At the old clinic they were adding benzos (Ativan, Valium) to the ketamine, which actually lowers the efficacy of the ketamine. I didn’t know that until I got to Menninger. Also, the other clinic’s protocol was to give everyone 100mg/hour no matter what. Here, they go by weight. I was skeptical of that at first but now I see why.

When you do 100 mg per hour, rather when I do 100 mg per hour, I feel like I’m in a black hole. There’s a lot of dissociation and I just feel drugged up and then I’m tired for the rest of the day. When I tried ketamine at the clinic, it was almost a religious experience. It was the most calming, most relaxing, therapeutic experience I’ve EVER had. I felt happy – and I haven’t felt happy in a loooong time.

It was amazing. Now, this infusion lasted just 40 minutes but I’ve already noticed a shift in my behavior. I made some jokes with some of the patients and staff here. I cleaned up my room and generally my mood is a bit better. I still have depression, of course, but it did provide a respite from the constant pain I’m in.

This makes me hopeful. I’m scheduled to have another ketamine treatment Monday and then later in the week, I’m due to start ECT. I’m not expecting my life to change but I’ll take any improvement from my current state. Some days it’s just so hard to breathe and it’s so exhausting to be a wife, mother, daughter, friend, etc. It’s just painful. Everything is painful, so relief is all I want. I want to be there for everyone. I want to smile and laugh – just live in something other than this awful darkness. I know I have to work on my therapy, too, and believe me I am. Everyday here is emotionally draining and I don’t think I’ve gone a day without crying, but that’s okay. I’m just trying to get to the other side.

I hope I see ya’ll there soon.

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Look who has internet access! There’s so much to talk about, I don’t know where to start.

So, it’s been a week since I’ve been at the Menninger Clinic – it’s a psychiatric hospital in Houston. They’ve done a lot of psychological and cognitive testing and it turns out I’m severely depressed and I have anxiety. Duh.

Testing has also shown that I have a horrible memory, I have a hard time dealing with my emotions, I have no coping skills and my quality of life is at 25 percent. I knew the other things but when you see the results of a psychological test tell you that your quality of life sucks, and sucks bad, it makes you even more depressed. If that’s possible. And I’m here to tell you that it is.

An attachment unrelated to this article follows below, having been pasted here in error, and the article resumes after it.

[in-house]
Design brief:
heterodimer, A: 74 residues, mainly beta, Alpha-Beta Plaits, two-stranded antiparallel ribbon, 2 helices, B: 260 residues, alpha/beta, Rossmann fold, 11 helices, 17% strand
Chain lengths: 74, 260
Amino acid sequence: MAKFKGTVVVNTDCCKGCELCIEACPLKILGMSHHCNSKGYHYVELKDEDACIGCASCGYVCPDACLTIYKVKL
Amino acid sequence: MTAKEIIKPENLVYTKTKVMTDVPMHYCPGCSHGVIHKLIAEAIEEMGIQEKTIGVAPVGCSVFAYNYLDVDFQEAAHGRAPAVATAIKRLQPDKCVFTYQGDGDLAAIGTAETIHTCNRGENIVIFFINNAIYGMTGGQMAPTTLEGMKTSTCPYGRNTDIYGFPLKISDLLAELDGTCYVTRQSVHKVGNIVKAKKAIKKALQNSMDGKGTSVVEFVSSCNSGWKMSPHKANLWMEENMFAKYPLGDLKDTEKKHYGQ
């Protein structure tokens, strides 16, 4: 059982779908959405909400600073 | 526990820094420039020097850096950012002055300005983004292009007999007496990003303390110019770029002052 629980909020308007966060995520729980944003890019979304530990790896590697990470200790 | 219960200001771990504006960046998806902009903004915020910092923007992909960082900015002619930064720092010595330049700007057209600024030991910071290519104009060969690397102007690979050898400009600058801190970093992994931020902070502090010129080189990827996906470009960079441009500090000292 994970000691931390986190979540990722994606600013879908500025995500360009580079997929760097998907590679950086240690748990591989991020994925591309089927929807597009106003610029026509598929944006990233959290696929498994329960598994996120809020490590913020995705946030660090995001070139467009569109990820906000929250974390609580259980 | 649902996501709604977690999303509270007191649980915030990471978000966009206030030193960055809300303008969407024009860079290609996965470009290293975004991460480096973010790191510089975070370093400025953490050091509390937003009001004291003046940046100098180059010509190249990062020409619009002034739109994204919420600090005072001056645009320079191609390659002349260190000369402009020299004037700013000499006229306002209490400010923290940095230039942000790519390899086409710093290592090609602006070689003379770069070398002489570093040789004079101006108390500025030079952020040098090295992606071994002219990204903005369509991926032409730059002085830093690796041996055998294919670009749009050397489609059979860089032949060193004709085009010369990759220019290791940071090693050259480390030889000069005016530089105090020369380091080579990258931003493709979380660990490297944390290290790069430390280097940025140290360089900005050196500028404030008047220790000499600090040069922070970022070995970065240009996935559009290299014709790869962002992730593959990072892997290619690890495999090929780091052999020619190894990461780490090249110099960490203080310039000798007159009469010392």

I have a “team” that guides me through my journey here that includes a psychiatrist, psychologist, nurse, therapist and social worker. We all agreed that ECT was the way to go but what I didn’t expect was that I would have to be weaned off all of my meds. ALL OF THEM.



That’s a lot. I’m surprised I haven’t exploded yet. Or maybe I should’ve exploded when I was put on all that crap. I’ve had little withdrawal except for the fact that I cry at the drop of a dime. I’m not all too sure that’s not normal at this point.

It’ll probably be two more weeks before I’m off most of the meds, then I can start the ECT, which I’m excited about. Some of the girls here have done it and said they’ve felt some improvement. My doctor said he hopes he can get me back to where I was before I had my little breakdown in 2017. That would be lovely. But I’m not putting all my eggs in one basket. The program I’m in asks me to go to classes, such as cognitive behavioral therapy, dialectical behavioral therapy, self compassion, grief journeys, chemical dependence education and more. They don’t depend on biological therapies only, they make you work. And teaching you how to mentalize and employ solid coping skills is a big part of the program.

My brain is super foggy right now, so I’m going to sign off.

I hope ya’ll are staying well. I’ll try to keep up the my blog as best I can.

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This past week I completed my first two treatments of Spravato. What’s that, you say? It’s a nasal spray with esketamine (very much like ketamine) that helps with depression and a host of other things, such as migraines – at least for me.